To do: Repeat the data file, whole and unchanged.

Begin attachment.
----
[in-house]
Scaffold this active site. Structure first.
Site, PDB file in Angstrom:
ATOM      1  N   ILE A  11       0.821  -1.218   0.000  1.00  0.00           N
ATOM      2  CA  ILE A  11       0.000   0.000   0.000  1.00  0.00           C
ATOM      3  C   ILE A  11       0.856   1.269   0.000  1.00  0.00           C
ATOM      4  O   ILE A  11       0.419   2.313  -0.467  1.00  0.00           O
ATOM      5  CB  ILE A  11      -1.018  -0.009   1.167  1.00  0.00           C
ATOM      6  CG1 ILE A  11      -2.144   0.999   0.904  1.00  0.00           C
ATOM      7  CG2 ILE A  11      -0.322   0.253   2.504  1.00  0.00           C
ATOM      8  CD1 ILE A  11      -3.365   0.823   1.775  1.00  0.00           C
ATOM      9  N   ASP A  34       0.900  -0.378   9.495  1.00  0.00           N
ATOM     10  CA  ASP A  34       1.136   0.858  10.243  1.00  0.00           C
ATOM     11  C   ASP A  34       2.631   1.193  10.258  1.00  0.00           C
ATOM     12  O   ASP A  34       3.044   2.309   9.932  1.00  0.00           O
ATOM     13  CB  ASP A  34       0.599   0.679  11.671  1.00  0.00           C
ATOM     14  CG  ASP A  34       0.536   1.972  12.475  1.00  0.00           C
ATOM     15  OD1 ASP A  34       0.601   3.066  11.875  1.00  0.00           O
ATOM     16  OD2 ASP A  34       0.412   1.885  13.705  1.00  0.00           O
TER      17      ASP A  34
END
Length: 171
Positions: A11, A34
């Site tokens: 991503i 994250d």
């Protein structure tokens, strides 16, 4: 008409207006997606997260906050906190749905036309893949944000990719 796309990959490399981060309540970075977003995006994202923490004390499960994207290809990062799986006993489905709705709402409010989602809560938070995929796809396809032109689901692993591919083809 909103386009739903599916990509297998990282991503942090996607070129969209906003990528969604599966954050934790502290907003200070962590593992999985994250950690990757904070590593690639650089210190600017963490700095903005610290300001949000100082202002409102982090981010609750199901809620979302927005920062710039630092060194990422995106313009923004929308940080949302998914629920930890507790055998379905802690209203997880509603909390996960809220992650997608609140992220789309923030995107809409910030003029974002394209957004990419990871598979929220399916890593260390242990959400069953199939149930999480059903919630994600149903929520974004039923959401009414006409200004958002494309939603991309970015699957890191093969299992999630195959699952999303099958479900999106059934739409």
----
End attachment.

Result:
[in-house]
Scaffold this active site. Structure first.
Site, PDB file in Angstrom:
ATOM      1  N   ILE A  11       0.821  -1.218   0.000  1.00  0.00           N
ATOM      2  CA  ILE A  11       0.000   0.000   0.000  1.00  0.00           C
ATOM      3  C   ILE A  11       0.856   1.269   0.000  1.00  0.00           C
ATOM      4  O   ILE A  11       0.419   2.313  -0.467  1.00  0.00           O
ATOM      5  CB  ILE A  11      -1.018  -0.009   1.167  1.00  0.00           C
ATOM      6  CG1 ILE A  11      -2.144   0.999   0.904  1.00  0.00           C
ATOM      7  CG2 ILE A  11      -0.322   0.253   2.504  1.00  0.00           C
ATOM      8  CD1 ILE A  11      -3.365   0.823   1.775  1.00  0.00           C
ATOM      9  N   ASP A  34       0.900  -0.378   9.495  1.00  0.00           N
ATOM     10  CA  ASP A  34       1.136   0.858  10.243  1.00  0.00           C
ATOM     11  C   ASP A  34       2.631   1.193  10.258  1.00  0.00           C
ATOM     12  O   ASP A  34       3.044   2.309   9.932  1.00  0.00           O
ATOM     13  CB  ASP A  34       0.599   0.679  11.671  1.00  0.00           C
ATOM     14  CG  ASP A  34       0.536   1.972  12.475  1.00  0.00           C
ATOM     15  OD1 ASP A  34       0.601   3.066  11.875  1.00  0.00           O
ATOM     16  OD2 ASP A  34       0.412   1.885  13.705  1.00  0.00           O
TER      17      ASP A  34
END
Length: 171
Positions: A11, A34
């Site tokens: 991503i 994250d």
């Protein structure tokens, strides 16, 4: 008409207006997606997260906050906190749905036309893949944000990719 796309990959490399981060309540970075977003995006994202923490004390499960994207290809990062799986006993489905709705709402409010989602809560938070995929796809396809032109689901692993591919083809 909103386009739903599916990509297998990282991503942090996607070129969209906003990528969604599966954050934790502290907003200070962590593992999985994250950690990757904070590593690639650089210190600017963490700095903005610290300001949000100082202002409102982090981010609750199901809620979302927005920062710039630092060194990422995106313009923004929308940080949302998914629920930890507790055998379905802690209203997880509603909390996960809220992650997608609140992220789309923030995107809409910030003029974002394209957004990419990871598979929220399916890593260390242990959400069953199939149930999480059903919630994600149903929520974004039923959401009414006409200004958002494309939603991309970015699957890191093969299992999630195959699952999303099958479900999106059934739409």